Preparatory to securing the firearm 12 in locked condition, the breech bolt 22 is opened or moved to a battery position thereby placing the ports 24 and 25 in communication with the interior of the receiver 14 and with each other. The trigger locking element 26 is positioned with the wing portion disposed rearward of the trigger 20 between the trigger operating part 21 and an associated portion of the trigger guard 16. In the latter position the side wall portion 30 overlies one side of the trigger guard 16 and provides a substantial closure for one end of the trigger opening 18. The locking member 38 is unlocked using a key, to free one or both ends of the flexible cable 36. Thereafter, the cable 36 is threaded through the receiver so that the opposite end portions of the cable extend from the ports 24 and 25, respectively, substantially as shown. A free end of the cable 36 is then threaded through the opening 34 and the locking member 38 is attached to the free end or ends of the cable 36 in its locked condition to secure the cable 36 to the receiver 14 and to secure the trigger locking element 26 to the trigger guard 16. When the lock assembly 10 is in its locked condition, as it appears in FIG. 1, the breech bolt cannot be moved to its fully closed or battery position which makes it impossible to load the firearm and place it in firing condition. The spacing between the opening 34 and the sidewall 30 is such that the trigger locking element 26 cannot be moved out of locking engagement with the trigger guard 16 while the lock assembly 10 is in locked condition on the firearm 12.
|Cited Patent||Filing date||Publication date||Applicant||Title|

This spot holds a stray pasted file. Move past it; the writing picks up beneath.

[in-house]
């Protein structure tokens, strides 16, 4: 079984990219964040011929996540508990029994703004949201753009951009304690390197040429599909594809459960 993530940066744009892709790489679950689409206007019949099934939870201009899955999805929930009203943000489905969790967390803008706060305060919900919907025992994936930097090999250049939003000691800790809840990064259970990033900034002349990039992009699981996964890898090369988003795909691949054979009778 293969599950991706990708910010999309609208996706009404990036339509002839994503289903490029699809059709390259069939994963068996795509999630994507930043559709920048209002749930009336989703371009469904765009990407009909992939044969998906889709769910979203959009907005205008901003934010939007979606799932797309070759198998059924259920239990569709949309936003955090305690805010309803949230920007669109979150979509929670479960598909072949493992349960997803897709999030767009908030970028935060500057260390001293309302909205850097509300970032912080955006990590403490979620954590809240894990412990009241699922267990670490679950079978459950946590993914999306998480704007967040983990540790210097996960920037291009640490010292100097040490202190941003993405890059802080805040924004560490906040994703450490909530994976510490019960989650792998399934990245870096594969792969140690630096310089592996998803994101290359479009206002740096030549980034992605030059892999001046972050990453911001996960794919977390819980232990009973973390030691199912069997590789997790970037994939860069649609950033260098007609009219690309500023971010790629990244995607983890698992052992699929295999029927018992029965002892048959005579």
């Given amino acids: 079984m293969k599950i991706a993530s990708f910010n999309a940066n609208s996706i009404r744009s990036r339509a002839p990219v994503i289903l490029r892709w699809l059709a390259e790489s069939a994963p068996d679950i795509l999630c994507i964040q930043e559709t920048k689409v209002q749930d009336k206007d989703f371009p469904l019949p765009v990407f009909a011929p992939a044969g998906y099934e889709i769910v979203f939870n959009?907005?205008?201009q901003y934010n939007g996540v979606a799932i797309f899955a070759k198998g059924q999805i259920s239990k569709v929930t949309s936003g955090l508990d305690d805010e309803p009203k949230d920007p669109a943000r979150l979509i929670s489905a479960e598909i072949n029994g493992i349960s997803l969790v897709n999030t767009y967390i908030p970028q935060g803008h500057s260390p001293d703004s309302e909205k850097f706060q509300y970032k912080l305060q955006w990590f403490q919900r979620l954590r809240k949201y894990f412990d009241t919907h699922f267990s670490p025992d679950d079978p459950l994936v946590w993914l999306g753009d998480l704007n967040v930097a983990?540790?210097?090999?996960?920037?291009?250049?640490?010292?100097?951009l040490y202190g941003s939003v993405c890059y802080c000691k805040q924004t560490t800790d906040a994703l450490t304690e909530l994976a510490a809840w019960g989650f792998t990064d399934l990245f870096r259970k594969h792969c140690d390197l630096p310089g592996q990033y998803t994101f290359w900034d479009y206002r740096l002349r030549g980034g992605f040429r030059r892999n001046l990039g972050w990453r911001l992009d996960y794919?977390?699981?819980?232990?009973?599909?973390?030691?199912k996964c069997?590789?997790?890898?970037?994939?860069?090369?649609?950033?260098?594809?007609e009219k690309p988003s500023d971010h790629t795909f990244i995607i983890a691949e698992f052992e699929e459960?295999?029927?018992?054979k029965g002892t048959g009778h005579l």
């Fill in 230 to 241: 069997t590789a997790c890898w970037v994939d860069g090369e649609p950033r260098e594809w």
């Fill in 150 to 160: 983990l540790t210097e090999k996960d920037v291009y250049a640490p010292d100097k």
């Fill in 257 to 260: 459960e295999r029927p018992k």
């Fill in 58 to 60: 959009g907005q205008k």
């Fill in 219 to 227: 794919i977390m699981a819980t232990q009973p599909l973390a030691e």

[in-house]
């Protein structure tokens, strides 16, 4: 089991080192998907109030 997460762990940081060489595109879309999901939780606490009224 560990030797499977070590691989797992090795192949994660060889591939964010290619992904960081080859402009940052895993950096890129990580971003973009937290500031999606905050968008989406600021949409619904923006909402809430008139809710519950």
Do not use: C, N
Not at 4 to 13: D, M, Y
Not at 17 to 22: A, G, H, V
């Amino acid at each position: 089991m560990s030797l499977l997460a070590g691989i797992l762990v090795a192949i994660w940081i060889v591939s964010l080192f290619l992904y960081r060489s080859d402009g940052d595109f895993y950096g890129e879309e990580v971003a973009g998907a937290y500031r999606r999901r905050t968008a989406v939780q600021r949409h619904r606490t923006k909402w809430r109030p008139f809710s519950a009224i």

|US3066433 *||Feb 24, 1960||Dec 4, 1962||Carl S Spaw||Trigger lock fitting on a trigger guard|
|US3164919 *||Sep 28, 1962||Jan 12, 1965||Hall Robert L||Firearm trigger lock|
|US4392318 *||Sep 15, 1981||Jul 12, 1983||Daniels William J||Safety strap for handguns|
|US4412397 *||Mar 19, 1982||Nov 1, 1983||Bayn William H||Firearm safety apparatus and method of using same|
|US4509281 *||Aug 19, 1982||Apr 9, 1985||Ronald Dreiling||Gun trigger lock|
|1||"What's New, Guns & Ammo", May 1983, p. 28.|
|2||Popular Mechanics; Trigger "Safe" Locks Out Accidents; Feb. 1948; p. 146.|
|3||*||Popular Mechanics; Trigger Safe Locks Out Accidents; Feb. 1948; p. 146.|
|4||*||Sportman s Digest, The Sunday Star, Oct. 26, 1969.|
|5||Sportman's Digest, The Sunday Star, Oct. 26, 1969.|
|6||*||What s New, Guns & Ammo , May 1983, p. 28.|
|Citing Patent||Filing date||Publication date||Applicant||Title|
|US5261177 *||Mar 13, 1992||Nov 16, 1993||Armstrong Thomas V||Firearm safety device|
|US5412959 *||Nov 23, 1993||May 9, 1995||Bentley; James K.||Gun lock assembly|
|US5713149 *||Jan 11, 1996||Feb 3, 1998||Trigger Block, Inc.||Electronic trigger lock|
|US5724760 *||Mar 24, 1997||Mar 10, 1998||Langner; F. Richard||Trigger safety device|
|US5918492 *||Jan 29, 1997||Jul 6, 1999||Smith & Wesson||Trigger guard-engaging gun lock|
|US6055759 *||May 28, 1998||May 2, 2000||Langner; F. Richard||Trigger lock|
|US6134822 *||Sep 21, 1998||Oct 24, 2000||Taurus International Manufacturing, Inc.||Trigger safety block|
|US6427497 *||Apr 4, 2000||Aug 6, 2002||O.F. Mossberg & Sons, Inc.||Wall-mounted locking system for firearms|
|US20060207149 *||Mar 19, 2005||Sep 21, 2006||Lazor Ernest R||Adjustable and removable trigger|
|US20150233672 *||Mar 24, 2015||Aug 20, 2015||Relativity Engineering, Llc||Weapon Safety Device|
|U.S. Classification||42/70.11, 42/70.06|
|International Classification||F41A17/32, F41A17/46, F41A17/02|
|Cooperative Classification||F41A17/46, F41A17/32, F41A17/02|
|European Classification||F41A17/32, F41A17/02, F41A17/46|
|Jul 31, 1990||AS||Assignment|
Owner name: O.F. MOSSBERG & SONS, INC., 7 GRASSO AVENUE, NORTH
Free format text: ASSIGNMENT OF ASSIGNORS INTEREST.;ASSIGNOR:MOSSBERG, ALAN I.;REEL/FRAME:005393/0837
Effective date: 19900720
|Nov 20, 1992||AS||Assignment|
Owner name: BANK OF BOSTON CONNECTICUT
Free format text: ASSIGNMENT OF ASSIGNORS INTEREST.;ASSIGNOR:O.F. MOSSBERG & SONS, INCORPORATED;REEL/FRAME:006298/0396
Effective date: 19921113
|Apr 25, 1995||REMI||Maintenance fee reminder mailed|
|Sep 17, 1995||LAPS||Lapse for failure to pay maintenance fees|
|Nov 28, 1995||FP||Expired due to failure to pay maintenance fee|
Effective date: 19950920